Photographer and graphic designer Jerry Takigawa has been a social and environmental advocate since 1969. Takigawa received a BFA, with an emphasis in painting, from San Francisco State University in 1967. He studied photography under Don Worth. While living in the San Francisco Bay Area, he utilized his art and design skills to help develop a pilot VISTA program (Volunteers in Service to America) in Oakland, California. In 1982, he became the first photographer to receive the Imogen Cunningham Award for color photography. Takigawa is a former president of People in Communications Arts, a former trustee of the Monterey Museum of Art, and a former president and trustee of the Center for Photographic Art. Takigawa lives and works in Carmel Valley, California.
Takigawa’s work is in the permanent collection of the San Francisco Museum of Modern Art, the Santa Barbara Museum of Art, the Brooklyn Museum, the Crocker Art Museum, the Library of Congress, the Monterey Museum of Art, The San Francisco Foundation, the University of Louisville, the Community Hospital of the Monterey Peninsula, the Imogen Cunningham Trust, and the Monterey Bay Aquarium.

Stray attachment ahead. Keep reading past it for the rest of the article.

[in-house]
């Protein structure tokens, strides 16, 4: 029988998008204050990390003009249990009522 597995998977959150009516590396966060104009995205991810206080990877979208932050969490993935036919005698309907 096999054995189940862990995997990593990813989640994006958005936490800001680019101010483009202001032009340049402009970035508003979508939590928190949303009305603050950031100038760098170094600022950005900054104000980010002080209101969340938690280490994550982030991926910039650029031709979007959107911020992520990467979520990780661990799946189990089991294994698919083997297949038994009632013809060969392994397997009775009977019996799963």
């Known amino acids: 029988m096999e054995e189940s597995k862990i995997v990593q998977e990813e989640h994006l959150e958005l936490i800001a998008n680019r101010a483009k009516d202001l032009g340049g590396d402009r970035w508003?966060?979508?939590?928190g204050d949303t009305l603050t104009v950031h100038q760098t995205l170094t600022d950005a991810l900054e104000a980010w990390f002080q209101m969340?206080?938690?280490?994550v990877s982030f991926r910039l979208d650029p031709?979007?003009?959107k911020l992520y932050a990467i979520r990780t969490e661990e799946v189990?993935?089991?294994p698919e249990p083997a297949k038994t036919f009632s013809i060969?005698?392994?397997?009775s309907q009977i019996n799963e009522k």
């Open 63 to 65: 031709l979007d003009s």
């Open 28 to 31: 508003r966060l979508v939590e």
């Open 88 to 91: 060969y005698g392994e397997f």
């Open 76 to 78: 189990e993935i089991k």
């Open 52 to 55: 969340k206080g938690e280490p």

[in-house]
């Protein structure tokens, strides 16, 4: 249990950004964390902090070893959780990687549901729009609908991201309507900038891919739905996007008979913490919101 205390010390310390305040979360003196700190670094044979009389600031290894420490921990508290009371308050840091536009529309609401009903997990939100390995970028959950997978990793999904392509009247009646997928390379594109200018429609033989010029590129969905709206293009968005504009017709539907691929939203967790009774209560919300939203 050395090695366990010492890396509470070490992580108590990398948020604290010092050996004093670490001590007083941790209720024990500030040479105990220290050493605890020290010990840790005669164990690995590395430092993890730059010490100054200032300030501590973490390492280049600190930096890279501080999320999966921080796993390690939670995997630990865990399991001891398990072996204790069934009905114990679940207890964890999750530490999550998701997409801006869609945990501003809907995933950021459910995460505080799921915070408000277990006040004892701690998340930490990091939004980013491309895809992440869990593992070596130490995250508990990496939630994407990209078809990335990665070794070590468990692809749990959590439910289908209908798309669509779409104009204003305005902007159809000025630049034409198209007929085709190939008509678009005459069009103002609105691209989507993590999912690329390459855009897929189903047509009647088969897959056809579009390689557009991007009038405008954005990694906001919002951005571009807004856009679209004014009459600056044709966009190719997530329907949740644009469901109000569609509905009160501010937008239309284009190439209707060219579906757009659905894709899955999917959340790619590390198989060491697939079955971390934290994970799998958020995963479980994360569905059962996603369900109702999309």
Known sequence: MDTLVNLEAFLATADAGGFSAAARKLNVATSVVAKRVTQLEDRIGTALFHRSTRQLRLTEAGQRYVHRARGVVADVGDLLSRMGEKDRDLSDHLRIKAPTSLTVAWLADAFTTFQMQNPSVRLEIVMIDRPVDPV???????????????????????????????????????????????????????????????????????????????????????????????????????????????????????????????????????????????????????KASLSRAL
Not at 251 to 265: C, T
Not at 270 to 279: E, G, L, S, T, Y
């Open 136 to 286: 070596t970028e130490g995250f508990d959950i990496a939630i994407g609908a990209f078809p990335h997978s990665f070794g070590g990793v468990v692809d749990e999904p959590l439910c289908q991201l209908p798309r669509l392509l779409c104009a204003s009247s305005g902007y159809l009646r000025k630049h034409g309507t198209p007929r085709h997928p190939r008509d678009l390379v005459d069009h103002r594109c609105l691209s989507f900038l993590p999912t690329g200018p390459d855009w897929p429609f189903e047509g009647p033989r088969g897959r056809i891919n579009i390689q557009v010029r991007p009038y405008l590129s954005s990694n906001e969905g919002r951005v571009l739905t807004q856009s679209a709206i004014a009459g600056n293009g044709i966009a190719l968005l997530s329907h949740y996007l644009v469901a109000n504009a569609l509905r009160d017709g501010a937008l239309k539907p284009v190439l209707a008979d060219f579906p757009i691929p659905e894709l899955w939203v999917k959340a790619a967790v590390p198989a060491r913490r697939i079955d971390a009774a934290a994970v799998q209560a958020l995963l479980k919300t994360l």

Growing up in a Japanese American post-internment household, I learned that beauty and harmony do not simply befall us but come into being through the very act of seeking them. The WWII internment camps challenged my parents’ rights as citizens while their cultural instincts led them to seek beauty over bias. My upbringing fused east and west polarities—and found new expression through my art
I see myself as an artist who works in photography. I make art so that I might know myself better. I believe every image holds a secret about its maker and it’s incumbent on the artist to reveal that secret. I see the camera as a tool. The camera is not so much a tool to see but to share what we see. Cameras make photographs—photographers make art. By this assertion, I believe personal growth and artistic growth are synonymous.